We can and must trust and work together with this man of integrity, stature, wisdom and dignity.
By JERUSALEM POST STAFF
Yes we can
Sir, - Where now are those who have baselessly been predicting ad nauseam that President Obama would be so much worse for Israel than his predecessors? That he would secretly identify with Arabs, follow the Koran, etc.?
His speech in Cairo showed what nonsense this is.
And don't gimme this "he could still turn against us." We can and must trust and work together with this man of integrity, stature, wisdom and dignity, who had the stamina and courage to brave the lion in his den and confront the wrongs of the Muslim world - from stereotypes about Americans and Jews to the lack of women's rights and democracy.
I suspect that this dislike of Obama is rooted in (unintentional) prejudice, and it would be fitting for these prophets of doom to say sorry ("The settlement canard," Charles Krauthammer, Online Edition, June 7).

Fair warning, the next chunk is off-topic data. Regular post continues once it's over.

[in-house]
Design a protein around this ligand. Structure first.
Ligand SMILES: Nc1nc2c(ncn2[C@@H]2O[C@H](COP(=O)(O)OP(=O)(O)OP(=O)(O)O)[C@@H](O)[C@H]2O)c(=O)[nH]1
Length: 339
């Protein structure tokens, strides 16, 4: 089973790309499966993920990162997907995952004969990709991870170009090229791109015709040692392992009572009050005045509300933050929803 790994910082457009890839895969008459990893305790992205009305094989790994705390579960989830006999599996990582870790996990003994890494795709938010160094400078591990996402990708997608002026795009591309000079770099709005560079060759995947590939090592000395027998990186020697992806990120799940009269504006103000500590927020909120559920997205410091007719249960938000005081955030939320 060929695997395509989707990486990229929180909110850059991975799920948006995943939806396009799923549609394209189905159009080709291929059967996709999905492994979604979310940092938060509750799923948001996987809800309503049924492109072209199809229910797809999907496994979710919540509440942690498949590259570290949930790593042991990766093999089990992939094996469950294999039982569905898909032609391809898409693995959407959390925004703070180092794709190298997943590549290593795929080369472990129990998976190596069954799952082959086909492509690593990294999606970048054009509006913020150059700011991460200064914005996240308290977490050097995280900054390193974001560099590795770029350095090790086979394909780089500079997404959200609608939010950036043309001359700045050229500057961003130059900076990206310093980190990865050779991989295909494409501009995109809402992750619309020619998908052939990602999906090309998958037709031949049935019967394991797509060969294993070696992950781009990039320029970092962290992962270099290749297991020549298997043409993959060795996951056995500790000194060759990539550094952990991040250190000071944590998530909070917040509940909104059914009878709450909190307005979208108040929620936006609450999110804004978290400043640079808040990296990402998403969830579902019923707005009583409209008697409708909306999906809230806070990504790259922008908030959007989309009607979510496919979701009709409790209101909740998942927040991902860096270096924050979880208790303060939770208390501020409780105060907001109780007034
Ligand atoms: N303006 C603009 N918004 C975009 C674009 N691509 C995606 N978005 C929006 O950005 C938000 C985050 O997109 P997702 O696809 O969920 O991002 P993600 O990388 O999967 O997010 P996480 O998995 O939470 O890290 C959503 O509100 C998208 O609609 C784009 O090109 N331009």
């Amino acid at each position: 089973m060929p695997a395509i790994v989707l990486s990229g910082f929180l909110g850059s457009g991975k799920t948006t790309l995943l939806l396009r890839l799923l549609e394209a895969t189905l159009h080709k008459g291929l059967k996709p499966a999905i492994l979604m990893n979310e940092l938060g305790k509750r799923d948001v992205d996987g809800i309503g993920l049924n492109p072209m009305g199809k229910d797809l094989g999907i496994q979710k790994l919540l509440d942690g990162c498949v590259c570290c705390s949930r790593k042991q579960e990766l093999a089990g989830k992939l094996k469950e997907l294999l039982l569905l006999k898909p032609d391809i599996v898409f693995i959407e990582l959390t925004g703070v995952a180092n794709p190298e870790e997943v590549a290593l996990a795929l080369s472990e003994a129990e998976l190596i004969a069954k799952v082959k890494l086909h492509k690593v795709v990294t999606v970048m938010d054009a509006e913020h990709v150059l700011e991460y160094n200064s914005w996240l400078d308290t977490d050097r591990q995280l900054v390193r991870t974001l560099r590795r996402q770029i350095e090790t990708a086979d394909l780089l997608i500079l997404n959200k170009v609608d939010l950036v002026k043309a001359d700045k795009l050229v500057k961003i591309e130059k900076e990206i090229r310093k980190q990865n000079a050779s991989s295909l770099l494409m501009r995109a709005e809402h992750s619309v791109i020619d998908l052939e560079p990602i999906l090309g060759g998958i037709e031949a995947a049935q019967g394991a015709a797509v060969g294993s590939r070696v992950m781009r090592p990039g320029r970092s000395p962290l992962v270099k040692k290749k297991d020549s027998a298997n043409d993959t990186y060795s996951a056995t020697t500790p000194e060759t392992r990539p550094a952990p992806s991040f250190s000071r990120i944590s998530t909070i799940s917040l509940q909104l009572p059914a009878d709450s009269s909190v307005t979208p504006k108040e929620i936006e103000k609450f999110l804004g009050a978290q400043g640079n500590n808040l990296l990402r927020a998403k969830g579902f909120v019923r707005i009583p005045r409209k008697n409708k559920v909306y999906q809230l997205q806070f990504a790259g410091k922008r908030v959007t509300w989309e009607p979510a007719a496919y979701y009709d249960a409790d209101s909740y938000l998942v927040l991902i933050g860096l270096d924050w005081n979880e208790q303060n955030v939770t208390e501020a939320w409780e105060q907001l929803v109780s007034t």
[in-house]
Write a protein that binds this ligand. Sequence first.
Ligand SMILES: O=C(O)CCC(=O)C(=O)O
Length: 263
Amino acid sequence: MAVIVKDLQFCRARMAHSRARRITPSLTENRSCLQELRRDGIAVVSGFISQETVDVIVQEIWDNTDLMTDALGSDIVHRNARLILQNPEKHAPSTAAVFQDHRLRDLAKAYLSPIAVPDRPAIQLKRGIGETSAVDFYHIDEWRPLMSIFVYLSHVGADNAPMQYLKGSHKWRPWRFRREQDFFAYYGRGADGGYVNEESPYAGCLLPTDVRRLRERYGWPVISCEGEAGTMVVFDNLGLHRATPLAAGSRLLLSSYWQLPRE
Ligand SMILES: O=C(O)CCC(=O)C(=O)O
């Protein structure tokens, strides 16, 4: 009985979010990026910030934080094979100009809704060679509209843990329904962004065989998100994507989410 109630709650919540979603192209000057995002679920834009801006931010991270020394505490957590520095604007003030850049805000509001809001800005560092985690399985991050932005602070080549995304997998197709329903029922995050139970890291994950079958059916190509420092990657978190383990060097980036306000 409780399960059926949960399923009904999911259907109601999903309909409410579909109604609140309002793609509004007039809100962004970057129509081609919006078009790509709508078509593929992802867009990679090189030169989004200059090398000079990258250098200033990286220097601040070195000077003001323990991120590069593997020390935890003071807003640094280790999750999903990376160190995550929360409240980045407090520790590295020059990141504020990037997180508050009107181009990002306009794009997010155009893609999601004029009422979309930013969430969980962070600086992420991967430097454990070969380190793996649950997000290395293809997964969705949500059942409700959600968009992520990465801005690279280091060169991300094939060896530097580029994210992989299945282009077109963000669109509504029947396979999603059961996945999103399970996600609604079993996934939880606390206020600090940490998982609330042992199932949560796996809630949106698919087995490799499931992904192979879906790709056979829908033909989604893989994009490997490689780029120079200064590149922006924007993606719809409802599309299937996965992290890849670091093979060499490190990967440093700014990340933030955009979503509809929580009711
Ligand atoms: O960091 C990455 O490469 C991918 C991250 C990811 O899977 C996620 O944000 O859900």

M.M. VAN ZUIDEN
Sir, - Unfortunately, for approximately 30 years, American colleges and universities have been a major source for teaching relative and equivalent morality. A product of this education is now president of the US.
Many Americans easily equate and equalize the leader of Israel with the leader of the Palestinian people or the leader of an Arab nation, disregarding that the first is the product of a long-term democracy, and the latter of feudalism.
So it is practically a given for Americans to discuss Israel and Palestine on equal terms. It will be up to Israel to clearly point out these differences at every step of the way, lest we forget them ("Five years of campus watch," Daniel Pipes, September 20, 2007).
Saying no, nicely
Sir, - Now is not the time for our elected leaders to buckle to US pressure ("As Obama offers Muslims 'a new beginning,' Israel gives a wary pledge to play its part," June 5).
The current Israeli government was voted in specifically because Israelis were tired of giving concrete concessions for unfulfilled promises.
To date, the Palestinians, hard-line or moderate, have not given us the confidence that they want to make peace or live side by side with us. They want two states: one Arab with no Jews, and the other Arab with some Jews.